Director Clint Eastwood Keeps Taking Risks, Says Essayist

January 25, 2007 at 6:45 PM EDT

ANNE TAYLOR FLEMING: As the Oscar race heats up here in Hollywood, the newspapers are now full of daily stories and ads touting this or that best movie contender, while the various stars, from Helen Mirren, to Kate Winslet, work the talk shows, even the august “60 Minutes.” ‘Tis the season of frenzied availability.

Standing calmly in the midst is a previous winner, the iconic, laconic actor-turned-director Clint Eastwood, with his duet of World War II movies, “Flags of Our Fathers” and “Letters From Iwo Jima.”

It always seems to be a surprise to see Eastwood in contention, though he and his films have been nominated three times for best director and best picture, and won each twice, most notably in 2004, when he bested auteur Martin Scorsese with his boxing movie, “Million Dollar Baby.”

Part of the surprise is just the enduring memory of his acting days, the chiseled cowboy and smoldering cop he once was.

UNIDENTIFIED ACTOR: What do they want?

CLINT EASTWOOD, Actor: They want a car.

UNIDENTIFIED ACTOR: What are you going to do?

CLINT EASTWOOD: Get ’em one.

ANNE TAYLOR FLEMING: It’s also about age.

CLINT EASTWOOD: I am going to disconnect your air machine. Then you’re going to go to sleep. Then, I will give you a shot, and you will stay asleep.

ANNE TAYLOR FLEMING: In his late 70s, Eastwood is still making movies, big-time, big-issue pictures, bigger and bigger. And there is something thrilling in his continual evolvement, his willingness to keep taking risks.

And no film — make that, no films — have been riskier than his current war duet. The first, “Flags of Our Fathers,” tells the American side of the battle for Iwo Jima, specifically, the story of the men in the famous flag-raising photograph taken on that island and how they were — skillfully, if cynically — used and exploited in a public-relations campaign to raise war funds.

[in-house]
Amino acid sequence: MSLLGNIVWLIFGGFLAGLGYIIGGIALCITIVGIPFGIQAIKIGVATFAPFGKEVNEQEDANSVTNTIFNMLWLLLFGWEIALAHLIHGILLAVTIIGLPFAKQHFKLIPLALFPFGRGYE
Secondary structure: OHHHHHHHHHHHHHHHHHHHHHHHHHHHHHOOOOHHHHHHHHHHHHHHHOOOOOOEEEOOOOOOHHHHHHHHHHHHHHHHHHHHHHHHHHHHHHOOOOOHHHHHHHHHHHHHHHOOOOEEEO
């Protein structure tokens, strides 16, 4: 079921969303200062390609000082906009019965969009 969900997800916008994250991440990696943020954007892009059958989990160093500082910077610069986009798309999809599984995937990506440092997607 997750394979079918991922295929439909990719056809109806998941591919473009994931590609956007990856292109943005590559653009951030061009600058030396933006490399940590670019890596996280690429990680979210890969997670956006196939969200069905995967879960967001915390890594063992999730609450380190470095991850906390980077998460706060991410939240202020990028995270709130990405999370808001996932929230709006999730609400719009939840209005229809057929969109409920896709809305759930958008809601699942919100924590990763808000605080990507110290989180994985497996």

UNIDENTIFIED ACTOR: I can’t take them calling me a hero.

ANNE TAYLOR FLEMING: With its textured message and beautifully shot carnage, it is a strange movie, a little disjointed and old-fashioned, shot full of sorrow. And it did not do very well when it opened last fall.

UNIDENTIFIED ACTOR: Some of the things I saw done, things I did, they weren’t things to be proud of, you know?

Giving the Japanese perspective

ANNE TAYLOR FLEMING: What do we want from our war movies? What do we need, especially at a time when again we are at war, facing the daily tally of our new young casualties.

Think of the great ones, "All Quiet on the Western Front," and "Paths of Glory," about World War I battles...

UNIDENTIFIED ACTOR: Order 75's to commence firing on our own position.

ANNE TAYLOR FLEMING: ... and the dozens of movies about World War II, from "Bridge on the River Kwai," to "Patton," to "Saving Private Ryan."

They stir and provoke and show us the savagery and camaraderie and bravery, the wreckage and missteps and often checkered leaders.

I, like a lot of the critics, did not think "Flags" made it quite into that company.

But then came its companion, "Letters From Iwo Jima," the same story of the same battle, but told from the Japanese point of view, in Japanese, and, taken together, Eastwood's movies do make an original and notable contribution to the cinematic war archive.

UNIDENTIFIED ACTOR (through translator): I'm not in the coffin yet.

"Letters" threads a fine moral needle. It humanizes the badly outnumbered Japanese, who were, in effect, on a suicide mission, and they knew it. Watching them is painful, no matter one's viewpoint on the ultimate wrongness or evilness of their cause, and it offers an insight into a culture that sees suicide as a sacred act.

In short, Eastwood pushes buttons. Yes, he might do it in an earnest, straightforward, sometimes overly controlled way.

UNIDENTIFIED ACTOR: He didn't serve me.

UNIDENTIFIED ACTOR: I don't make the rules. We don't serve Indians.

ANNE TAYLOR FLEMING: And maybe he doesn't let your heart or senses breathe quite enough. But these movies are seriously meant, the work of a man who, as he ages, risks more, not less.

I'm Anne Taylor Fleming.